Temporary community pharmacy closures ‘relatively infrequent’, says chief pharmaceutical officer

Exclusive: In his first pharmacy press interview in role, David Webb, chief pharmaceutical officer for England, said there was a need to "understand the drivers" of temporary closures.
closed sign in shop window

Temporary pharmacy closures in England are “relatively infrequent”, and many are just for a “matter of hours”, the chief pharmaceutical officer for England has told The Pharmaceutical Journal.  

The comments come after the Pharmacists’ Defence Association (PDA) reported that it had received more than 50 reports of community pharmacies temporarily closing at short notice in Scotland during one week in August 2021, leading to calls for these pharmacies to face ‘special measures’.

In his first pharmacy press interview as chief pharmaceutical officer for England, The Pharmaceutical Journal asked David Webb how concerned he was about reports of temporary community pharmacy closures.

He responded that such closures in England were “still relatively infrequent relative to the majority of the service offering” from the information he had.

“But I don’t think we should take that for granted. I think we need to understand what the drivers are.

“There are opportunities to intervene if some of those closures do not appear to be for appropriate reasons. And the [local NHS England] teams take those seriously.”

Webb added that he thought the majority of closures lasted just a matter of hours, “as opposed to complete closures”.

“I know it’s played out in a sort of lens that relates to pharmacist availability,” he continued.

“Again, it’s about the whole team, isn’t it? It’s about having a skilled team able to support you and an effective operation.”

Paul Day, director of the PDA, responded to Webb’s comments by saying that “unnecessary” community pharmacy closures were a “patient safety issue”.

“The PDA receives concerns from pharmacist members concerned about their patients due to these occurrences,” he said.

“The PDA also believe that such unnecessary closures damage the reputation of pharmacy, undermine the chances of higher priority funding from governments, and discourage new entrants to the profession/existing practitioners from choosing to work in the sector.”

Gordon Hockey, director, legal, at the Pharmaceutical Services Negotiating Committee (PSNC), said the PSNC “would be glad to work with the chief pharmaceutical officer to help explore what the drivers behind temporary closures are”.

“We are being contacted by contractors of all sizes who are struggling with the current workforce situation in community pharmacy,” he said. “Our Pharmacy Pressures Survey earlier this year found that, across all affected pharmacies, more than 800 working days were lost in just one month due to unexpected closures. Cutting back on services or the pharmacy’s opening hours are last resort measures that paint a bleak picture for the future, but independents and multiples alike are worried about both the availability of pharmacists and about rapidly-inflating locum rates.”

Thorrun Govind, chair of the Royal Pharmaceutical Society’s English Pharmacy Board, said community pharmacies must report closures to their local NHS team by “well-established processes”.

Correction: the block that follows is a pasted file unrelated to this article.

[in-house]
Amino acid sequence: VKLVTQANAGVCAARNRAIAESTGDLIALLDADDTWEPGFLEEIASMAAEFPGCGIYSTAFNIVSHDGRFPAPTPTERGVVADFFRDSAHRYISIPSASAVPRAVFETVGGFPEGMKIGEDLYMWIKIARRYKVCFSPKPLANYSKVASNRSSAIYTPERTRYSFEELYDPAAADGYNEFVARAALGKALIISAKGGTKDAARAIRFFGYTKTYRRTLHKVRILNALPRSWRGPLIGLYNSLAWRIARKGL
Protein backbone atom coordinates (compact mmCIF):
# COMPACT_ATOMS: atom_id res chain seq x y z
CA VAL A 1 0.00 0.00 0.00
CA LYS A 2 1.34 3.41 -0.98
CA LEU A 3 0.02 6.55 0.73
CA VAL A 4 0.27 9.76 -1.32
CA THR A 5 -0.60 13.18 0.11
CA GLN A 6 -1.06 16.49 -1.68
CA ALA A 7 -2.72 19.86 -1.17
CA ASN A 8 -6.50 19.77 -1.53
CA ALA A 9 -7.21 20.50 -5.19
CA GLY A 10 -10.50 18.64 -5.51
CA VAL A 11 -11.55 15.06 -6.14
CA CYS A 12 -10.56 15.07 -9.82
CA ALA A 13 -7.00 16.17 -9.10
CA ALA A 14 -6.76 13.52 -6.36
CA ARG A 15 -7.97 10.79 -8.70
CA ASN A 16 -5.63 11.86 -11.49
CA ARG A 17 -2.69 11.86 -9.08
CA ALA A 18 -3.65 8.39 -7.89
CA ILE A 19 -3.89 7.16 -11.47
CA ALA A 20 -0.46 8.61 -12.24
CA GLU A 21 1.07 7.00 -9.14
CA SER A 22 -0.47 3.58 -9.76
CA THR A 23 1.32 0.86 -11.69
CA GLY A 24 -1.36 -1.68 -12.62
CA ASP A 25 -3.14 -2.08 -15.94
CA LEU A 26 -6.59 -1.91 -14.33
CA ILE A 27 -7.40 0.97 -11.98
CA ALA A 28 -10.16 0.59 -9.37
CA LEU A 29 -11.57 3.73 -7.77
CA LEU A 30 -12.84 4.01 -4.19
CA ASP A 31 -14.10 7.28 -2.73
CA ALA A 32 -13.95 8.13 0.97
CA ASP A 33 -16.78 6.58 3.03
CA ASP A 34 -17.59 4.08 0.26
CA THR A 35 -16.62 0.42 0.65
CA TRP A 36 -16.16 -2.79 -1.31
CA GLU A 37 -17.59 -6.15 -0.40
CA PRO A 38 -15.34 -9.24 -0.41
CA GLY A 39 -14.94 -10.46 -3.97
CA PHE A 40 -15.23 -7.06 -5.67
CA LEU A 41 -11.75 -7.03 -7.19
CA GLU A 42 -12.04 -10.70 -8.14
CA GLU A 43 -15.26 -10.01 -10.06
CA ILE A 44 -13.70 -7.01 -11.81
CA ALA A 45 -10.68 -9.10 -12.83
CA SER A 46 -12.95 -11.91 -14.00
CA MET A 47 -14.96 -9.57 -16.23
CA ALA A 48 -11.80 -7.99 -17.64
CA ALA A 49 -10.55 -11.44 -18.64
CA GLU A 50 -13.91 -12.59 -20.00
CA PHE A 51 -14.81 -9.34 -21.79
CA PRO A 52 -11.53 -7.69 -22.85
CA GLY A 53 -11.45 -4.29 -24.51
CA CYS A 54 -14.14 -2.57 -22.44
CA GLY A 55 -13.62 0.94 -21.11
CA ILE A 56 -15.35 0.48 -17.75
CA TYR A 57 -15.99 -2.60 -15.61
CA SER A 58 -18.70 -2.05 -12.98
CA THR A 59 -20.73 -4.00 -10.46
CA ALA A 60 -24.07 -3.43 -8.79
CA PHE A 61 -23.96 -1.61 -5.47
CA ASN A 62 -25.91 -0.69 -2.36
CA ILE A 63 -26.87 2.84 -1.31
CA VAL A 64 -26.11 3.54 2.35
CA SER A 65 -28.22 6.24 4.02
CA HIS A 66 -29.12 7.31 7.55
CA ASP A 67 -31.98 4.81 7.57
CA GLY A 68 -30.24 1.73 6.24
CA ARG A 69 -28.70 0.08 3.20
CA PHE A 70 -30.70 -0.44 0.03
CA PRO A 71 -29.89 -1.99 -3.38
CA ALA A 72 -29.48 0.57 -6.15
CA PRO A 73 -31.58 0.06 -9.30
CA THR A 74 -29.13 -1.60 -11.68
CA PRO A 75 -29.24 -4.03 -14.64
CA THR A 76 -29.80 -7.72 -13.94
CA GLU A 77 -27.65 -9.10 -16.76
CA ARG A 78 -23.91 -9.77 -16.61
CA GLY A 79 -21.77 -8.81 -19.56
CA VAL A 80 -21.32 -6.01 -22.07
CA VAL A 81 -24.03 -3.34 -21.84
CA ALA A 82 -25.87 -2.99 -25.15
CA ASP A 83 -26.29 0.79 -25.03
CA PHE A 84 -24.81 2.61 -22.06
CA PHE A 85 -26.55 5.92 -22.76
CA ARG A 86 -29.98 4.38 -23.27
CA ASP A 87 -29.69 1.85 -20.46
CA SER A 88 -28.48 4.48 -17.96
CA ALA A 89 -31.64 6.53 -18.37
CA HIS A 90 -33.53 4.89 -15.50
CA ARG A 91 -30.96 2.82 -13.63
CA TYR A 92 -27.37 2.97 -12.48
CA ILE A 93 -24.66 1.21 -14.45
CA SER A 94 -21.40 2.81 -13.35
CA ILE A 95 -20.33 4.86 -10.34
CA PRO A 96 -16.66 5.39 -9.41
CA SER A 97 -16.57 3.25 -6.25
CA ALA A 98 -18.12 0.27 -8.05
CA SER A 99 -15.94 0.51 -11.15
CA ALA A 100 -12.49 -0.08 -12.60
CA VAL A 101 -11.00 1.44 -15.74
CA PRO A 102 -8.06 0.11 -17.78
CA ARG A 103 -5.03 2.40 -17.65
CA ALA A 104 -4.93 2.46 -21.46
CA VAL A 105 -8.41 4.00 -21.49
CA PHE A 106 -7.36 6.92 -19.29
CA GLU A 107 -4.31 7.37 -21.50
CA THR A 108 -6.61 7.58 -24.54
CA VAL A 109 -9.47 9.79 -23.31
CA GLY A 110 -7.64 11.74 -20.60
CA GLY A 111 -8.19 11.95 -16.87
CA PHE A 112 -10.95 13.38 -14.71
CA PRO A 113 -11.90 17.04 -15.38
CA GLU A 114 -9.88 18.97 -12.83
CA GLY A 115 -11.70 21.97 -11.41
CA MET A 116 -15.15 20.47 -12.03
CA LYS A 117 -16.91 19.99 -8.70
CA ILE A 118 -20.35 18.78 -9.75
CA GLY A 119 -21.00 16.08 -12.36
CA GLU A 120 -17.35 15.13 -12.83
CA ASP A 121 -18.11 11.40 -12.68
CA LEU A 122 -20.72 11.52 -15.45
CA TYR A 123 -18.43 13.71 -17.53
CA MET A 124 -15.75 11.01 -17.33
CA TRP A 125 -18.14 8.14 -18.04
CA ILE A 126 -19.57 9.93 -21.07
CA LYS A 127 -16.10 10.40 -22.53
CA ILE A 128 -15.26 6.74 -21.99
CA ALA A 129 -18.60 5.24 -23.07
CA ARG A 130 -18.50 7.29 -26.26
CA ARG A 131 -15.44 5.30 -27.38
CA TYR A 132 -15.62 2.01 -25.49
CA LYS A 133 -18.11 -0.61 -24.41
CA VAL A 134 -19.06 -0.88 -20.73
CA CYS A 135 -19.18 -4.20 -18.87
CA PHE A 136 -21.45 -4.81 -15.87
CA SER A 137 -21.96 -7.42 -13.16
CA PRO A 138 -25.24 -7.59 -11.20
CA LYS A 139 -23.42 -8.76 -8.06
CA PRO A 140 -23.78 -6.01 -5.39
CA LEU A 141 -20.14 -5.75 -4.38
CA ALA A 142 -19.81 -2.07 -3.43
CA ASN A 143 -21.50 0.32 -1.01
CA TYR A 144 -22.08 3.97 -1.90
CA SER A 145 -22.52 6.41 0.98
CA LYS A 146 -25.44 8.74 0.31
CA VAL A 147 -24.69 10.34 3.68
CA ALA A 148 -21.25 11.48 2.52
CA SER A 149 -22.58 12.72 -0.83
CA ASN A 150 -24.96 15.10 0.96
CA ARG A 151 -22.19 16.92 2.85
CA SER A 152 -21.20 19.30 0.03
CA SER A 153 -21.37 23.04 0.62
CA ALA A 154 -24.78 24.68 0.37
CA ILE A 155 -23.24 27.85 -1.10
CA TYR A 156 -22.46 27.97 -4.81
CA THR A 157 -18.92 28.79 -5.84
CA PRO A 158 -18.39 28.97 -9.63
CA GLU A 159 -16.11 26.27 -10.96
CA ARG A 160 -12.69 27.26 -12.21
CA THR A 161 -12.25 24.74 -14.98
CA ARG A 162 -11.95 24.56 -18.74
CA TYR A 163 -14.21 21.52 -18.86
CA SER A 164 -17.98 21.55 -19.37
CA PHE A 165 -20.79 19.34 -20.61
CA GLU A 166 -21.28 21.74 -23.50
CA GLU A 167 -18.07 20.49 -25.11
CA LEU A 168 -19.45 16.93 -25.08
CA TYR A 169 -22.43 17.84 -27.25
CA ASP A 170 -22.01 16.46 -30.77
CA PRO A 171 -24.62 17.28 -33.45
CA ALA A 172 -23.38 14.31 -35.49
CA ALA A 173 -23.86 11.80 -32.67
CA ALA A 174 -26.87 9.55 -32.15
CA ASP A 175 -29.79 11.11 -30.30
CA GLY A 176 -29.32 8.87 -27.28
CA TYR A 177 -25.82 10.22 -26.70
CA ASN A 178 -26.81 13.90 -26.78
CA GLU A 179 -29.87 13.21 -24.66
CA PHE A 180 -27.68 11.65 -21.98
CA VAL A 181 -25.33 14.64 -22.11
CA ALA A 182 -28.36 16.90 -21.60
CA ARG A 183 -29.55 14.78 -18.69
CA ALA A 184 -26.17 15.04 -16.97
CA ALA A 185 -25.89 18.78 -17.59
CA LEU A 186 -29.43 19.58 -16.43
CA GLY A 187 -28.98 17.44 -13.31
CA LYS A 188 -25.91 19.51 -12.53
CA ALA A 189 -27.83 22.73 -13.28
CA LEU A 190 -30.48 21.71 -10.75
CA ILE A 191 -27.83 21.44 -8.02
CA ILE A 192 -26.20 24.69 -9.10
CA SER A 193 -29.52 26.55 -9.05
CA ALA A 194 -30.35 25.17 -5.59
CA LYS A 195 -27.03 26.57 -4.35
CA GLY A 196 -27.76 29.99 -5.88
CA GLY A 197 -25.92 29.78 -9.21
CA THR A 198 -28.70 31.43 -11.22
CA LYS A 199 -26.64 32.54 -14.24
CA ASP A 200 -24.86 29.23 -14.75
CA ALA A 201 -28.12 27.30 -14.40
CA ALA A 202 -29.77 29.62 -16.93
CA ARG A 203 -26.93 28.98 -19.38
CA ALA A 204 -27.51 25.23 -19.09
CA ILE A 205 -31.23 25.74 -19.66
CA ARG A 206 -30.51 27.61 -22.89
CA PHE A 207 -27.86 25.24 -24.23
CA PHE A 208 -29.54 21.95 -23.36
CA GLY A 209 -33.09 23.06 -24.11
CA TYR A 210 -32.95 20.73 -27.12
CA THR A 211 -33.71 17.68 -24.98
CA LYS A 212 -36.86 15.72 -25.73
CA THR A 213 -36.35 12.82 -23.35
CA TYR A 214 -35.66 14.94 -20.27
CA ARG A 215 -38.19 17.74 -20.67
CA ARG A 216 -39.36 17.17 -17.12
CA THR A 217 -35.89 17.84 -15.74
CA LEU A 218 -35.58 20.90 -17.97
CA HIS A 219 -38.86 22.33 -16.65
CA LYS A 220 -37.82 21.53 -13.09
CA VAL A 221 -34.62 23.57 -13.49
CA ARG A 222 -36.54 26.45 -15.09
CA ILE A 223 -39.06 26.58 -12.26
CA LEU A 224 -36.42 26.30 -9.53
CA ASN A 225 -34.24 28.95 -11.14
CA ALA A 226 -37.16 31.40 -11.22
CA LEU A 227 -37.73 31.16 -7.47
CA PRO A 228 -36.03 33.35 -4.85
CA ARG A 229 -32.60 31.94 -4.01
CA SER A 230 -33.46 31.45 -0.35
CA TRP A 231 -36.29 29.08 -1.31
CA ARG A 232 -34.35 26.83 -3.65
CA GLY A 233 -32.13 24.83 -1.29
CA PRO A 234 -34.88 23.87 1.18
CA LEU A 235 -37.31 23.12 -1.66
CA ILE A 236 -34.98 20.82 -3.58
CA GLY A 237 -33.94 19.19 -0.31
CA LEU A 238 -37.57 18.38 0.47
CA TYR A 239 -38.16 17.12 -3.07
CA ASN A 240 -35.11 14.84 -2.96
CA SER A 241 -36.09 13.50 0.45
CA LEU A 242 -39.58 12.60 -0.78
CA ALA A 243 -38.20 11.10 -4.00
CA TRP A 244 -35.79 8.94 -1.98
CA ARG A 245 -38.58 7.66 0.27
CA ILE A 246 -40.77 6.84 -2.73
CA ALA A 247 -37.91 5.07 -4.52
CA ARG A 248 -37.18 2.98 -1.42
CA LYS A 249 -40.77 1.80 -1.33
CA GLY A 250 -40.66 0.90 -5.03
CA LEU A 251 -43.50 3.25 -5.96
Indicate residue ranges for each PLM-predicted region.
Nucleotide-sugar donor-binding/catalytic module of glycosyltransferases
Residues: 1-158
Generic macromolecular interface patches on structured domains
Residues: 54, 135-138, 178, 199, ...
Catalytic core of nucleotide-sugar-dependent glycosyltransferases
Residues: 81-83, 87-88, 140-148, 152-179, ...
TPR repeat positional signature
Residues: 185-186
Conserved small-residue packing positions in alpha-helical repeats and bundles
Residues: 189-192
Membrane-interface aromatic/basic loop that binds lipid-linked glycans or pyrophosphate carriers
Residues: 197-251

“NHS organisations monitor closures, look for patterns and take action if appropriate,” she added.

“Furthermore, there are existing regulatory mechanisms in place through which the [General Pharmaceutical Council] can take action if community pharmacies or individual pharmacists do not meet professional standards.”

Govind added that pharmacists must do everything they can to maintain pharmacy services for patients, but added that this must be balanced against ensuring services are safe.

“Pharmacy services which are closed are unable to help patients at all; but neither are pharmacies with unsafe working conditions,” she said.

Gareth Jones, director of corporate fairs at the National Pharmacy Association, said: “It’s clear that the community pharmacy workforce is very stretched and this situation is not helped by the NHS subsidising pharmacist roles in general practice.

“Any further recruitment under such schemes should be subject to an assessment of the impact on the ability of community pharmacies to provide NHS services.” 

  • This article was updated on 21 September 2022 to include comments from Gordon Hockey, director, legal, at the Pharmaceutical Services Negotiating Committee
Last updated
The Pharmaceutical Journal, PJ, September 2022, Vol 309, No 7965;309(3965)::DOI:10.1211/PJ.2022.1.157898

1 comment

  • Melanie Aston

    Whilst in the past most closures may have been relatively infrequent and for a matter of hours this is most certainly not my experience in my local area in recent times. Instead of the 7 days one particular Pharmacy was supposed to be open they were only open 3 and these were very much reduced hours. This situation was for weeks, it was further exacerbated by the fact that despite not being open prescriptions were still being downloaded and therefore increasing the workload in GP practices having to re-issue the prescriptions and then try to contact the Pharmacies when they were open to return the originals to the spine for cancellation, this will also have increased the workload in the Pharmacy at an already stressful time.
    I have to question how much the situation is trying to be downplayed.


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